Take the 2-minute tour ×
Stack Overflow is a question and answer site for professional and enthusiast programmers. It's 100% free, no registration required.

Given the code:

class Car{
   Engine engine;
}

class SportCar extends Car{
   SportChair chair;
}

Is it valid to say that 'SportCar "has-a" Engine and a SportChair'?
Or the only valid affirmations are: 'SportCar "has-a" SportChair' and 'Car "has-a" Engine' ?

share|improve this question
add comment

5 Answers

I don't have any definite sources for this, but my gut feeling is that the relationship DOES apply to inherited members.

In your example, SportCar "is-a" car, therefor it "has-a" engine.

This could be related to the Liskov Substitution Principle, where a super-type should be replaceable by any of its subtypes. In this case the super-type "has-a" engine, in order for sub-types to follow the LSP they must recognise that they also have an engine.

This should not only follow for members of the class, but for the behavior and state in general - a class should not inherit from another unless it makes sense for every aspect to be inherited. I.e. in your example, if Car had a method "attachBabySeat()", it would not really make sense for SportsCar to inherit from it. Likewise a member protected BabySeat[] babySeats does not make sense for SportsCar.

The exception to this, in Java, is private or "package-private" (aka default) member variables. These are generally implementation details that are not part of the abstraction. Subclasses can not access these fields and so I wouldn't consider a private member to be part of the subclass' "has-a" relationship.

In terms of the Java language, when a subclass is created, the superclass is also constructed (either implicitly or explicitly). So when a superclass has a private member, this is still part of the subclass object in terms of memory, JVM etc. For instance, a method on the superclass which uses a private member, can be called from the subclass without problem. So at some level, you could argue that subclasses do "have-a" private field of the superclass, but I'd argue this is at a physical level, not a conceptual one, and can be disregarded.

share|improve this answer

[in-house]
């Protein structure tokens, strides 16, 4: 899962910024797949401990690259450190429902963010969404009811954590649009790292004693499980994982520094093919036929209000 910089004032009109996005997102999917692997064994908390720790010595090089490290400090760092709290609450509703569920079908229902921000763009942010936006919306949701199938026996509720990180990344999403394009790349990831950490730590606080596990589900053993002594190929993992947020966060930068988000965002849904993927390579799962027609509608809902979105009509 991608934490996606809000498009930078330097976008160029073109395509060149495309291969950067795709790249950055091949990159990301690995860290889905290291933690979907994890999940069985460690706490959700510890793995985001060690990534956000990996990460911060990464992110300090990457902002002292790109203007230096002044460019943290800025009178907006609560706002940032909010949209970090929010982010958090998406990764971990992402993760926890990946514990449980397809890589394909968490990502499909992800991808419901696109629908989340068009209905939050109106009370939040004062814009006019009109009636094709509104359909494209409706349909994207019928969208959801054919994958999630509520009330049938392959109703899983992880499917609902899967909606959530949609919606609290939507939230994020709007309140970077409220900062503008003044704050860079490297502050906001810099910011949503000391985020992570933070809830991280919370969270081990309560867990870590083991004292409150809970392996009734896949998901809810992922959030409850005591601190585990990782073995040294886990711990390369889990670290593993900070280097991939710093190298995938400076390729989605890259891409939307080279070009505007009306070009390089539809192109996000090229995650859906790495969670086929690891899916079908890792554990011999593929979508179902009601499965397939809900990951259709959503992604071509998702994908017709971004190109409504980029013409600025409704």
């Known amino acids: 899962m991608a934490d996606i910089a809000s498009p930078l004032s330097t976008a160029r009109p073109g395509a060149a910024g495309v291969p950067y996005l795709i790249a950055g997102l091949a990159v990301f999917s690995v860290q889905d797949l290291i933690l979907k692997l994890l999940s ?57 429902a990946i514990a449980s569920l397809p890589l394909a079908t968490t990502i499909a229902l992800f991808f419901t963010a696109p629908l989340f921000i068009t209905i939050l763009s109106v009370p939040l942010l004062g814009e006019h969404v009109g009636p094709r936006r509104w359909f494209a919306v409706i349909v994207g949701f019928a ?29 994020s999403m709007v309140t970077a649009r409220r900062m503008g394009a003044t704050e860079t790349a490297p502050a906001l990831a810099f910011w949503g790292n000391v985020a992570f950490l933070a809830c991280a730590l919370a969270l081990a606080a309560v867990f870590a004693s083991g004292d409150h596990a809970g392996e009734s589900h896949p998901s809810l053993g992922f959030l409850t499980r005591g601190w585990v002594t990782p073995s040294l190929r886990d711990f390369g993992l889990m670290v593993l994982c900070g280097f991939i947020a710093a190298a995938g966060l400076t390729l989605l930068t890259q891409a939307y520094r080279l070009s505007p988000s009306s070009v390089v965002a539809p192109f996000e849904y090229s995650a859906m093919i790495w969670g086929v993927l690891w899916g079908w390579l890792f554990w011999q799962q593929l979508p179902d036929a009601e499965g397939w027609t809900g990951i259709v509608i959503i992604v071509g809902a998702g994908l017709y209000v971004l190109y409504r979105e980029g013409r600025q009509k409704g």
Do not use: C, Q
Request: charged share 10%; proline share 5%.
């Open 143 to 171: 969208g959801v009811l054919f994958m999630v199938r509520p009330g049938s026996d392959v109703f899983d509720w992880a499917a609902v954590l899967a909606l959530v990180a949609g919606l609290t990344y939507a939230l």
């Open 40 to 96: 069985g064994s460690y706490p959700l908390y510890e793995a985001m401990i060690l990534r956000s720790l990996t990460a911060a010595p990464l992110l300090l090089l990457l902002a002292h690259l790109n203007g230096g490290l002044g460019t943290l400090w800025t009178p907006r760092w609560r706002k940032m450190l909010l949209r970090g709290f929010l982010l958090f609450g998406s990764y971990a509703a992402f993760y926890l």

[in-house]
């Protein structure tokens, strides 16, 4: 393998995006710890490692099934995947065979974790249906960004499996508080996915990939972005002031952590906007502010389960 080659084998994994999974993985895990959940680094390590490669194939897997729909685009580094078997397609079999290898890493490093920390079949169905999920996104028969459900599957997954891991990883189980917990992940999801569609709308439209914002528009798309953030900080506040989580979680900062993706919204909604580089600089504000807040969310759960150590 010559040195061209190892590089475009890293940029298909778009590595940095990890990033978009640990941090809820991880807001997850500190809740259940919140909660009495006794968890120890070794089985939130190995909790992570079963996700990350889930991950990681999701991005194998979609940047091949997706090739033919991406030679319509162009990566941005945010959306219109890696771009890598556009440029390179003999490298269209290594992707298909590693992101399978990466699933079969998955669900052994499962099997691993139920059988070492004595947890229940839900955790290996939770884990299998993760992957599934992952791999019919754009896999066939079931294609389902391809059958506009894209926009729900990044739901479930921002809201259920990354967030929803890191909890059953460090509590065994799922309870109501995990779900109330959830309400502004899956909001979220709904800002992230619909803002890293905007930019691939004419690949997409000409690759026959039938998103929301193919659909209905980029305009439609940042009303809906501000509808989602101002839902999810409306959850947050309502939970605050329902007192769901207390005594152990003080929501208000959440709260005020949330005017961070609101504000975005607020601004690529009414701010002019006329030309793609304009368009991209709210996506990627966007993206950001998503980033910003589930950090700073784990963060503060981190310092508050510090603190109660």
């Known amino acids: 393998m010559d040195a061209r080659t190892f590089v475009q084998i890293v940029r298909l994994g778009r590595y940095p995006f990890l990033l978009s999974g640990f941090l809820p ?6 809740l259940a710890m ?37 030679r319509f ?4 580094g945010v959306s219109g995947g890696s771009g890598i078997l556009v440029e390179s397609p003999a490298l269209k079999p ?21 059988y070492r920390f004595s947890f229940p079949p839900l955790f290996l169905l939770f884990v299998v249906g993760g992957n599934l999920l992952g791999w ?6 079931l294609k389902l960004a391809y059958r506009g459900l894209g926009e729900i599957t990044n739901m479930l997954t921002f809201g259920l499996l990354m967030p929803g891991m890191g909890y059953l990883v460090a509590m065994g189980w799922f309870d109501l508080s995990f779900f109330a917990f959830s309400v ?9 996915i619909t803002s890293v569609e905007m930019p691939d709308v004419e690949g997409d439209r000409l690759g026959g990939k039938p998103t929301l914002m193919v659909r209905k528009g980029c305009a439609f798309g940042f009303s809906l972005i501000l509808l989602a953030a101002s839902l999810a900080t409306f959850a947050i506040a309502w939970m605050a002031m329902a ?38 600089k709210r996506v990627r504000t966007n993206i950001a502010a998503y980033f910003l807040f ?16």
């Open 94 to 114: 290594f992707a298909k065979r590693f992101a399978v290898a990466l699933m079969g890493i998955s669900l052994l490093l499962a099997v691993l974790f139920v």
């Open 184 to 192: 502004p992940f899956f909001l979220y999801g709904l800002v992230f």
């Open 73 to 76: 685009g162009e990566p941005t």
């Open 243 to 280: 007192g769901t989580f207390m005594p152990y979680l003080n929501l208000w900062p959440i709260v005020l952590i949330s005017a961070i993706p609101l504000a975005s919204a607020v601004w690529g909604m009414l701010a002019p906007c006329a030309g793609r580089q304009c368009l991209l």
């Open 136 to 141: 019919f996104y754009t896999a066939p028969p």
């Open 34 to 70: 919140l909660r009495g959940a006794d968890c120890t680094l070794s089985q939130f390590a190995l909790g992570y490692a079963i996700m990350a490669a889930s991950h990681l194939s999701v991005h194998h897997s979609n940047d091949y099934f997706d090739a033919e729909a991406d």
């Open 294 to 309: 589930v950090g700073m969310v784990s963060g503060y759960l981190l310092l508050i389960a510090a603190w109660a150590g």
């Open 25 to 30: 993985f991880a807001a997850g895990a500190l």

There is trouble in the code in that it exposes fields. If Car was an interface with a getEngine method, the relationships would still hold. –  Tom Hawtin - tackline Dec 13 '09 at 22:56
    
My point is not about encapsulation, and it seems logical that the SportCar has an engine but I wanted to know if it is valid to say that from the language point of view. –  Robert Dec 13 '09 at 23:13
    
Is the question specifically about package-private access, as in the example? If that or private I'd say no - subclass relationship is not a "has-a". For public/protected I'd say yes. Like I said though, this is my gut feeling, nothing I can attribute to any source, unfortunately. –  Grundlefleck Dec 13 '09 at 23:53
add comment

If a SportCar is-a Car and a Car has-a engine, seems to me that SportCar has-a engine. Perfectly valid.

share|improve this answer
add comment

Depends -- I wouldn't replicate the relationship in a UML diagram, but conceptually SportsCar has a(n) engine because it derives from Car.

share|improve this answer
add comment

Yes, a SportsCar is a Car and therefore has an engine. This is an example of the composite design pattern.

share|improve this answer
add comment

No. It is not valid to say that SportsCar has-a Engine. Especially in the example where Engine has default access. I guess the best way of looking at this would be the following.

I am going to use a real world example and I think that generally helps.

A Moose is a type of Deer.

Deer have 2 eyes therefore Moose have 2 eyes.

An injured Moose has 1 eye.

An injured Moose is a type of Moose.

share|improve this answer
add comment

Your Answer

 
discard

By posting your answer, you agree to the privacy policy and terms of service.

Not the answer you're looking for? Browse other questions tagged or ask your own question.